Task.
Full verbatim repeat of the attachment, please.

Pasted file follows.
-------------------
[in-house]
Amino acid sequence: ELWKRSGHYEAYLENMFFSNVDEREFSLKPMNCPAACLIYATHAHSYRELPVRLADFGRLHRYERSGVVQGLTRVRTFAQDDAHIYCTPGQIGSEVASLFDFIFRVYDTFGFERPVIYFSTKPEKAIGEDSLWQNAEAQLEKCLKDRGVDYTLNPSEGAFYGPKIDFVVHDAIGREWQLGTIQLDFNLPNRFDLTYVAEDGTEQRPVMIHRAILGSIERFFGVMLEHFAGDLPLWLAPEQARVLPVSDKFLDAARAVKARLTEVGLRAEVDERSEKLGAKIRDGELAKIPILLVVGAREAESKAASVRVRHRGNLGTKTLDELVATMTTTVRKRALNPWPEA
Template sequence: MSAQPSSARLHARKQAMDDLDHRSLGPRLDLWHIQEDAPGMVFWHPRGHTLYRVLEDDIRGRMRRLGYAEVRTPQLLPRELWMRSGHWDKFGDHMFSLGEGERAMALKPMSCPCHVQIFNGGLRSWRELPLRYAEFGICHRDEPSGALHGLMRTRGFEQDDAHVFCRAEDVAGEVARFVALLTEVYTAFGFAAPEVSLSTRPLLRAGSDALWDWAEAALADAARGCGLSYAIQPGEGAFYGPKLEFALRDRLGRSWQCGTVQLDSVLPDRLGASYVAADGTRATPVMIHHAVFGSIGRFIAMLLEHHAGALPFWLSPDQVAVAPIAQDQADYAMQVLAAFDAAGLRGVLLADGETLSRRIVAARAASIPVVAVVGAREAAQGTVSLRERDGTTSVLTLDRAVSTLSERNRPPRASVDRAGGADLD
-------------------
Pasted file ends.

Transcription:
[in-house]
Amino acid sequence: ELWKRSGHYEAYLENMFFSNVDEREFSLKPMNCPAACLIYATHAHSYRELPVRLADFGRLHRYERSGVVQGLTRVRTFAQDDAHIYCTPGQIGSEVASLFDFIFRVYDTFGFERPVIYFSTKPEKAIGEDSLWQNAEAQLEKCLKDRGVDYTLNPSEGAFYGPKIDFVVHDAIGREWQLGTIQLDFNLPNRFDLTYVAEDGTEQRPVMIHRAILGSIERFFGVMLEHFAGDLPLWLAPEQARVLPVSDKFLDAARAVKARLTEVGLRAEVDERSEKLGAKIRDGELAKIPILLVVGAREAESKAASVRVRHRGNLGTKTLDELVATMTTTVRKRALNPWPEA
Template sequence: MSAQPSSARLHARKQAMDDLDHRSLGPRLDLWHIQEDAPGMVFWHPRGHTLYRVLEDDIRGRMRRLGYAEVRTPQLLPRELWMRSGHWDKFGDHMFSLGEGERAMALKPMSCPCHVQIFNGGLRSWRELPLRYAEFGICHRDEPSGALHGLMRTRGFEQDDAHVFCRAEDVAGEVARFVALLTEVYTAFGFAAPEVSLSTRPLLRAGSDALWDWAEAALADAARGCGLSYAIQPGEGAFYGPKLEFALRDRLGRSWQCGTVQLDSVLPDRLGASYVAADGTRATPVMIHHAVFGSIGRFIAMLLEHHAGALPFWLSPDQVAVAPIAQDQADYAMQVLAAFDAAGLRGVLLADGETLSRRIVAARAASIPVVAVVGAREAAQGTVSLRERDGTTSVLTLDRAVSTLSERNRPPRASVDRAGGADLD